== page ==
Gambian healers use cows’ horns in rituals to suck impurities from a person’s body. Cows’ horns are also associated with desolation and famine, when cows cannot survive. This work may speak of both trauma and healing.

The ‘healer’ in this image carries a small bag, perhaps containing medicinal equipment. The illusion of smoke from the horn may be a result of the wet collodion photographic process.

Khadija Saye wrote of the relationship between her art, the body and trauma: ‘We exist in the marriage of physical and spiritual remembrance. It’s in these spaces…[that] we identify with our physical and imagined bodies. Using myself as the subject, I felt it necessary to physically explore how trauma is embodied in the black experience.’

Khadija Saye’s hand, palm outward and with small goat horns on her thumb and fingers, obscures her face
Ragal
(Fear)
Khadija Saye (2018)
Printed by the Estate of Khadija Saye in collaboration with master printer Matthew Rich, Jealous and The Studio of Nicola Green
Courtesy of the Studio of Nicola Green and Jealous
© The Estate of Khadija Saye, London

Saye wears goats’ horns on her fingers as she shields her face. These objects are used in divination, the process of discovering the reasons for life’s events and problems, and what can be done to change them. This image may suggest both fear of the future and the possibility of drawing on Gambian knowledge and spirituality to find a way through difficulties.

Throughout this series, the artist wears black – an unusual choice for a young Gambian woman.

Khadija Saye, only her arm and the side of her body visible, holds a long string of beads
Kurus
(Prayer beads)
Khadija Saye (2018)
Printed by the Estate of Khadija Saye in collaboration with master printer Matthew Rich, Jealous and The Studio of Nicola Green
Courtesy of the Studio of Nicola Green and Jealous
© The Estate of Khadija Saye, London

These Muslim prayer beads reference spiritual support in a time of difficulty. Prayer beads are also used by Christians. The mingling of Islam, Christianity, Rastafarianism and, in Saye’s words, ‘African spirituality’ is common in The Gambia.

Women are not usually seen in public with Muslim prayer beads in The Gambia. In her work Saye, who ‘thought a lot about the traditional roles African women take within the male-dominated space’, subverts expectations around gender roles.

Khadija Saye, facing the camera, holds a large bunch of cowrie shells in her mouth
Peitaw
(Cowrie shell(s))
Khadija Saye (2018)
Printed by the Estate of Khadija Saye in collaboration with master printer Matthew Rich, Jealous and The Studio of Nicola Green
Courtesy of the Studio of Nicola Green and Jealous
© The Estate of Khadija Saye, London

Saye holds a bunch of cowrie shells, strung together, in her mouth, and wears a cowrie-shell bracelet on her arm. In Gambian culture, her pose, supporting her chin on her hand, suggests unhappiness or discontent.

Used as currency for centuries, cowrie shells represent wealth and fertility and are used in divination as well as jewellery. For Africans in the diaspora, they symbolise connection with the continent.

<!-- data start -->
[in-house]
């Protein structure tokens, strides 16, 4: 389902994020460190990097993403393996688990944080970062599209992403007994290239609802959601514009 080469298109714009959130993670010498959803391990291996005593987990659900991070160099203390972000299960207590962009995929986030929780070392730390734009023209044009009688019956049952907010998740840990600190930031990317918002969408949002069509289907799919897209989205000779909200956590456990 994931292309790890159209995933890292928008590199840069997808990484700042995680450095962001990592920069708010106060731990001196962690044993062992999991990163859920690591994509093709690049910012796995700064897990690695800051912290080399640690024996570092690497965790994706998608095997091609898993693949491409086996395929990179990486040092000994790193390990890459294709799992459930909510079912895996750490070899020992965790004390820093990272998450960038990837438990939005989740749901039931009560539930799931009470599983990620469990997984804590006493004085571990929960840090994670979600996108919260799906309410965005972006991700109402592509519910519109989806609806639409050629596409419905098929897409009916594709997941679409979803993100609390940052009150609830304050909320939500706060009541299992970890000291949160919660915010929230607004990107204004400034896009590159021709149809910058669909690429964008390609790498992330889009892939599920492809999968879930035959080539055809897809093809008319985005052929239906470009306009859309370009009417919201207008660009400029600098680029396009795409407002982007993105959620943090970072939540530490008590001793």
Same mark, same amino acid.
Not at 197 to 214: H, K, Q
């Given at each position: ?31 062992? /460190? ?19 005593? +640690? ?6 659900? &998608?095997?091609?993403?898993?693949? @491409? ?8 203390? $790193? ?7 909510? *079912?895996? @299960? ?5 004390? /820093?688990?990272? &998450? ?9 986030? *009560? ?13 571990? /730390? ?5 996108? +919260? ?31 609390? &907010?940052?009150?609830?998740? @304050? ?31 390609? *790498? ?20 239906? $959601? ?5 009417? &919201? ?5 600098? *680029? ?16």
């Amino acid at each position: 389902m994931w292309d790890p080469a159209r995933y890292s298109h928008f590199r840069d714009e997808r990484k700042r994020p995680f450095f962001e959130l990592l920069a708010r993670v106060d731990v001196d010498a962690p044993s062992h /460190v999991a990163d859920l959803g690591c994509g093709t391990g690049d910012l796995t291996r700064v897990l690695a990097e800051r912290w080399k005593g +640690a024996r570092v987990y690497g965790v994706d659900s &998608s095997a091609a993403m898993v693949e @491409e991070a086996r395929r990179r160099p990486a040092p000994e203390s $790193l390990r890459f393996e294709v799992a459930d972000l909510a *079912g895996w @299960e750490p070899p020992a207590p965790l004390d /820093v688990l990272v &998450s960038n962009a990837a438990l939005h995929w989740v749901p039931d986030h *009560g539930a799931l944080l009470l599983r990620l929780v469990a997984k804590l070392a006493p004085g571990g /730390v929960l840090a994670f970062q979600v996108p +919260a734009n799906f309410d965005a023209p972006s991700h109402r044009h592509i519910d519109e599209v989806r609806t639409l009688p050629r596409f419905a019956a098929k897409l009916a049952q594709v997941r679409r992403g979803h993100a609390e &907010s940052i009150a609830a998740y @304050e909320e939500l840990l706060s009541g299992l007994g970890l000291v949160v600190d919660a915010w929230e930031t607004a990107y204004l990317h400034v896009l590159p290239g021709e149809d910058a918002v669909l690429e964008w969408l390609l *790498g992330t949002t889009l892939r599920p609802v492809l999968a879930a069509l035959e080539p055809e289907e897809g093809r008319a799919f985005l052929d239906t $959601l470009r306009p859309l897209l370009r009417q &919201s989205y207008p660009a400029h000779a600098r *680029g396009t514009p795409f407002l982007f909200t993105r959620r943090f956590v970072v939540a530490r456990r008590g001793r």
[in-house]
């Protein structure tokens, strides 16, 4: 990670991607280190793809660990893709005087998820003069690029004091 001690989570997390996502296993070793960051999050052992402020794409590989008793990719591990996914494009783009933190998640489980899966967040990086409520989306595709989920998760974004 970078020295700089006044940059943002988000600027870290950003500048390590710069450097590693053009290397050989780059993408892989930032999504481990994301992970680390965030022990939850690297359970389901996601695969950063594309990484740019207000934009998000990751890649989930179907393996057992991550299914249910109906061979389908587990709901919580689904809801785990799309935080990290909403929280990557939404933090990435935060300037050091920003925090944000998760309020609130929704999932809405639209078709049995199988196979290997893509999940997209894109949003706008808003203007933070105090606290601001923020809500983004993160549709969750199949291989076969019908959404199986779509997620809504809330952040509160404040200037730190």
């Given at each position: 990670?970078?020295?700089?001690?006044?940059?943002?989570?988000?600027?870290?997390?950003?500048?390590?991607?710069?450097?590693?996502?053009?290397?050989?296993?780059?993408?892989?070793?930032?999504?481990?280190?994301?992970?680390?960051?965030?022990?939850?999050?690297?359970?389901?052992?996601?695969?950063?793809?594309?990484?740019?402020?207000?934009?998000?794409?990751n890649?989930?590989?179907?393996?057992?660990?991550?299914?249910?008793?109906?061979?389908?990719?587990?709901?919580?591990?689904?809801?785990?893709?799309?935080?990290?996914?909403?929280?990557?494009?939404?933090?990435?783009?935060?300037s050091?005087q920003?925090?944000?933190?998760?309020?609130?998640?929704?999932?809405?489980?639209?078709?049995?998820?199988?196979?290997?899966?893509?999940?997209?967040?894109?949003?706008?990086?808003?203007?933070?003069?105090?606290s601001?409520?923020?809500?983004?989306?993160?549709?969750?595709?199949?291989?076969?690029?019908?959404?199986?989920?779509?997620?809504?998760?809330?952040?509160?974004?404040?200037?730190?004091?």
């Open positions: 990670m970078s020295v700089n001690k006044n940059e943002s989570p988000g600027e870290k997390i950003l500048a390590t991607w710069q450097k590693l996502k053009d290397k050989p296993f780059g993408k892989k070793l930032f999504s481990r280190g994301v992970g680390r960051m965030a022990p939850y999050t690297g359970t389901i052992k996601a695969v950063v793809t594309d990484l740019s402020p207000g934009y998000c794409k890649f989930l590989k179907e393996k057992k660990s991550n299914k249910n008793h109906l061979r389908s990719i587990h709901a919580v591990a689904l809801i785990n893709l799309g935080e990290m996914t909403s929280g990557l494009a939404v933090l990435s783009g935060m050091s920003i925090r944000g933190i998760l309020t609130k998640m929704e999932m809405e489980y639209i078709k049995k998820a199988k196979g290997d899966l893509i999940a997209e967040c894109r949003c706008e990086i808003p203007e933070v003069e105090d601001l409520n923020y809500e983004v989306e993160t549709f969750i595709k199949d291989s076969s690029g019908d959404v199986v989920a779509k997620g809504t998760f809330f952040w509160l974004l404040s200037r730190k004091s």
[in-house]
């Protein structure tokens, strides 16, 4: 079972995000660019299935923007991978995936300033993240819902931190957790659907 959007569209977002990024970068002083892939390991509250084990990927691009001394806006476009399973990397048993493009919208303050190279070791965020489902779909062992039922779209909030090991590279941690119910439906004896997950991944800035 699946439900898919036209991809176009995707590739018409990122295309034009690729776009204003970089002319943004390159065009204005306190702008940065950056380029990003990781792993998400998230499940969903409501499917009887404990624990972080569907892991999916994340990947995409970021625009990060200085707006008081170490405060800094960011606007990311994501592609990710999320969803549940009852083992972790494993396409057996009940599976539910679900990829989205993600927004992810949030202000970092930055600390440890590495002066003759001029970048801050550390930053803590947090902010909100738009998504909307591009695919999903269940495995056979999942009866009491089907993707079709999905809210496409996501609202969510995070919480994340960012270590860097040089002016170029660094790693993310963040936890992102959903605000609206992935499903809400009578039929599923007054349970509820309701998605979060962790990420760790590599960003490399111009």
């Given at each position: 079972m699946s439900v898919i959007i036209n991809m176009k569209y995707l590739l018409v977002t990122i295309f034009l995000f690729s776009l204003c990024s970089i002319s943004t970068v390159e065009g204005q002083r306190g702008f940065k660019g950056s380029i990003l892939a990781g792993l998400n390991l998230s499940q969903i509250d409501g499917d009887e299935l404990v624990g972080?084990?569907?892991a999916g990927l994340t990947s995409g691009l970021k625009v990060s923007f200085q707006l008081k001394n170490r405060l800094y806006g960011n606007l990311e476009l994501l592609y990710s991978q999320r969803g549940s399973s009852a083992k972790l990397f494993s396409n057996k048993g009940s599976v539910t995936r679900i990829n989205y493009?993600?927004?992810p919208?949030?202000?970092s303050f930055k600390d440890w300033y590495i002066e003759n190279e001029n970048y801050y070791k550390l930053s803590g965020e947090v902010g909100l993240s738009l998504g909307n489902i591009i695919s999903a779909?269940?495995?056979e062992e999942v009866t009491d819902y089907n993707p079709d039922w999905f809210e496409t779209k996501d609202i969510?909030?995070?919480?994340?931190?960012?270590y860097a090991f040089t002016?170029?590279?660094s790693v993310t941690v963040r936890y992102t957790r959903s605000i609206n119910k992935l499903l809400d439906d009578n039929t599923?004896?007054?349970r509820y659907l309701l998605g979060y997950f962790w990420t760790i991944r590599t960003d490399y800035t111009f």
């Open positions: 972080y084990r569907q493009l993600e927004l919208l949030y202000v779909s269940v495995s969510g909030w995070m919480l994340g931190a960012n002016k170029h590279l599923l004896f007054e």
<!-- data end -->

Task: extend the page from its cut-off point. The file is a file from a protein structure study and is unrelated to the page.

Khadija Saye, facing the camera, with the blurry outlines of plastic flowers found her neck
Toor-Toor
(Sprout, grow)
Khadija Saye (2018)
Printed by the Estate of Khadija Saye in collaboration with master printer Matthew Rich, Jealous and The Studio of Nicola Green
Courtesy of the Studio of Nicola Green and Jealous
© The Estate of Khadija Saye, London

The artist has draped herself in strands of plastic flowers. These are often used to decorate homes in The Gambia, found on shrines, and worn by practitioners of indigenous medicine. The flowers may also link with Saye’s interest in popular culture, particularly her love of RuPaul, who plays with floral drag.

This work experiments with contrast and balance between her life in Britain and The Gambia, and between her personal and professional growth.

In conclusion, we quote Khadija Saye’s own moving words on her legacy: ‘Whether it’s now or ten years down the line, I have this idea of opening doors – like previous artists of colour… I feel I have the potential to do the same.’

Khadija Saye has unwittingly spoken for so many young people struggling to find themselves in the world today. The resounding message of her work is that if she can do it, others can too. Visits with her mother to her Gambian home enabled her to embrace her family and cultural heritage to weave into her art, root herself, make herself stronger and map out where she was going.

For more on Khadija Saye and her art, watch this film.

The British Library’s set of Khadija Saye’s ‘Dwelling: in this space we breathe’ series (shelfmarks P3394-3402) will be available to researchers in the Print Room of our Asian and African Studies Reading Room – appointment necessary (please contact apac-print@bl.uk).

‘Khadija Saye: in this space we breathe’ runs at the British Library until 7 October 2021. Find out more.

Marion Wallace, Lead Curator, Africa, British Library
Kadija George Sesay, External Curator, Khadija Saye: in this space we breathe
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The British Library would like to thank all those who made the exhibition possible: The Estate of Khadija Saye, The Family of Khadija Saye, David Lammy, Nicola Green, Lucy Cartledge, Ana Freitas, Marloes Janson, Hassum Ceesay, Njok Malik Jeng, Victoria Miro, John Purcell Paper, Erica Bolton, Jealous, Almudena Romero, Christie’s and M.A.R.S.

The Khadija Saye Arts programme at IntoUniversity provides schoolchildren with visual arts experiences and education in her memory.

16 September 2020

Unsōdō and the evolution of design book publishing in Japan